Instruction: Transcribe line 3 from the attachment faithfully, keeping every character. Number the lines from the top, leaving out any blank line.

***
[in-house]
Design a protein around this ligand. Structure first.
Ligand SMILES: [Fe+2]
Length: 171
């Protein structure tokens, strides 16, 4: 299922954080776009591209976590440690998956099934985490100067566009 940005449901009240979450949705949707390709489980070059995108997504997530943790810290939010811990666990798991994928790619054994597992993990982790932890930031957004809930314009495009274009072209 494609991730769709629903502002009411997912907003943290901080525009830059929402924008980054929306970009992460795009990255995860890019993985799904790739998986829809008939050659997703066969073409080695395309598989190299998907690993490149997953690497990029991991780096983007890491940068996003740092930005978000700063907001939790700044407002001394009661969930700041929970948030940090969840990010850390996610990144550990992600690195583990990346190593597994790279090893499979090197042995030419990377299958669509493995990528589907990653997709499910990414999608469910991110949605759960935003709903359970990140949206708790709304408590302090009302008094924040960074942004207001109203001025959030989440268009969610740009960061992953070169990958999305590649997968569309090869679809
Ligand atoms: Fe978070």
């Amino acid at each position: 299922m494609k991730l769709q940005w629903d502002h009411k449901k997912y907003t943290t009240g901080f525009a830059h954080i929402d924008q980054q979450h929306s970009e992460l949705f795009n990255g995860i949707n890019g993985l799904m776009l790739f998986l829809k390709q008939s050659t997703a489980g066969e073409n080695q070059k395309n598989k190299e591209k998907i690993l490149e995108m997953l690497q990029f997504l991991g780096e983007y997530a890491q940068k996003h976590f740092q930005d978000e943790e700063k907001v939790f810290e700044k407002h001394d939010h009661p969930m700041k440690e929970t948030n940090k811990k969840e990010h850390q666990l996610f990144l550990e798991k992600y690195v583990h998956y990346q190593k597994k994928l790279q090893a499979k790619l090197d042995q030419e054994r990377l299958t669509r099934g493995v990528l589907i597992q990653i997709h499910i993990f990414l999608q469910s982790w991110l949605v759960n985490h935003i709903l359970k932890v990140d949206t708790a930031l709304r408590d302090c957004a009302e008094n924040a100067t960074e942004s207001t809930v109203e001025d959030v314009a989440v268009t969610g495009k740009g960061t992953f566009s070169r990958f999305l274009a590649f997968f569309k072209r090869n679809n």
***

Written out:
Ligand SMILES: [Fe+2]